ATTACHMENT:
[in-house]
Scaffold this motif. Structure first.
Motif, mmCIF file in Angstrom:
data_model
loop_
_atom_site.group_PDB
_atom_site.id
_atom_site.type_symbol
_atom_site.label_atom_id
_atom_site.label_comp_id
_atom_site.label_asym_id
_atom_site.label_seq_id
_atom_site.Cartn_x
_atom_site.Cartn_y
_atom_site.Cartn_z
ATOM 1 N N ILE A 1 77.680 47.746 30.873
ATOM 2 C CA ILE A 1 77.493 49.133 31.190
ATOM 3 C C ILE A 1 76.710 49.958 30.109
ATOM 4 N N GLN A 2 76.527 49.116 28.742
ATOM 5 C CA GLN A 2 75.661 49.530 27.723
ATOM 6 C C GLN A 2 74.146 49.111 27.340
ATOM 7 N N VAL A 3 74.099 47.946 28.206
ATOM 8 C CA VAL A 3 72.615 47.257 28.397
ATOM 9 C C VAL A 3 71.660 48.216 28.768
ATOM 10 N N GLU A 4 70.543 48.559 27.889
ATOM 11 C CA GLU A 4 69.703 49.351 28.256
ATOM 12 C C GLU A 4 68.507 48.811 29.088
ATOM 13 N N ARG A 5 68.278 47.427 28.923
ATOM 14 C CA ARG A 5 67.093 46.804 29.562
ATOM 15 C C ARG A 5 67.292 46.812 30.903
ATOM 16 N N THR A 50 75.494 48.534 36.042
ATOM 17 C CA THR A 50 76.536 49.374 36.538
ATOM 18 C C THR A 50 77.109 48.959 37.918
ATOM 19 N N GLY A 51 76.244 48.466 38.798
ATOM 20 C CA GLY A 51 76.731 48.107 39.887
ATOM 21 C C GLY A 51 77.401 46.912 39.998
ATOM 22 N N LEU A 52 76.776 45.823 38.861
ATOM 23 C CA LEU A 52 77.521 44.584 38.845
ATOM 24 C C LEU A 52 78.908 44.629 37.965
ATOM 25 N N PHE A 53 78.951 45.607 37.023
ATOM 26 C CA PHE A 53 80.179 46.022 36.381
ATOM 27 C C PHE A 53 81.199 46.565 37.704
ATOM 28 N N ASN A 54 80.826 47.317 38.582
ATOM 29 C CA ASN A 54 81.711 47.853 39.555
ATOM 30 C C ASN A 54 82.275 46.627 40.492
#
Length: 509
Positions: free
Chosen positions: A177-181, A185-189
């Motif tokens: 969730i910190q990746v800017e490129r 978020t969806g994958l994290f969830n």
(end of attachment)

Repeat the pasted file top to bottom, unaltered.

[in-house]
Scaffold this motif. Structure first.
Motif, mmCIF file in Angstrom:
data_model
loop_
_atom_site.group_PDB
_atom_site.id
_atom_site.type_symbol
_atom_site.label_atom_id
_atom_site.label_comp_id
_atom_site.label_asym_id
_atom_site.label_seq_id
_atom_site.Cartn_x
_atom_site.Cartn_y
_atom_site.Cartn_z
ATOM 1 N N ILE A 1 77.680 47.746 30.873
ATOM 2 C CA ILE A 1 77.493 49.133 31.190
ATOM 3 C C ILE A 1 76.710 49.958 30.109
ATOM 4 N N GLN A 2 76.527 49.116 28.742
ATOM 5 C CA GLN A 2 75.661 49.530 27.723
ATOM 6 C C GLN A 2 74.146 49.111 27.340
ATOM 7 N N VAL A 3 74.099 47.946 28.206
ATOM 8 C CA VAL A 3 72.615 47.257 28.397
ATOM 9 C C VAL A 3 71.660 48.216 28.768
ATOM 10 N N GLU A 4 70.543 48.559 27.889
ATOM 11 C CA GLU A 4 69.703 49.351 28.256
ATOM 12 C C GLU A 4 68.507 48.811 29.088
ATOM 13 N N ARG A 5 68.278 47.427 28.923
ATOM 14 C CA ARG A 5 67.093 46.804 29.562
ATOM 15 C C ARG A 5 67.292 46.812 30.903
ATOM 16 N N THR A 50 75.494 48.534 36.042
ATOM 17 C CA THR A 50 76.536 49.374 36.538
ATOM 18 C C THR A 50 77.109 48.959 37.918
ATOM 19 N N GLY A 51 76.244 48.466 38.798
ATOM 20 C CA GLY A 51 76.731 48.107 39.887
ATOM 21 C C GLY A 51 77.401 46.912 39.998
ATOM 22 N N LEU A 52 76.776 45.823 38.861
ATOM 23 C CA LEU A 52 77.521 44.584 38.845
ATOM 24 C C LEU A 52 78.908 44.629 37.965
ATOM 25 N N PHE A 53 78.951 45.607 37.023
ATOM 26 C CA PHE A 53 80.179 46.022 36.381
ATOM 27 C C PHE A 53 81.199 46.565 37.704
ATOM 28 N N ASN A 54 80.826 47.317 38.582
ATOM 29 C CA ASN A 54 81.711 47.853 39.555
ATOM 30 C C ASN A 54 82.275 46.627 40.492
#
Length: 509
Positions: free
Chosen positions: A177-181, A185-189
């Motif tokens: 969730i910190q990746v800017e490129r 978020t969806g994958l994290f969830n």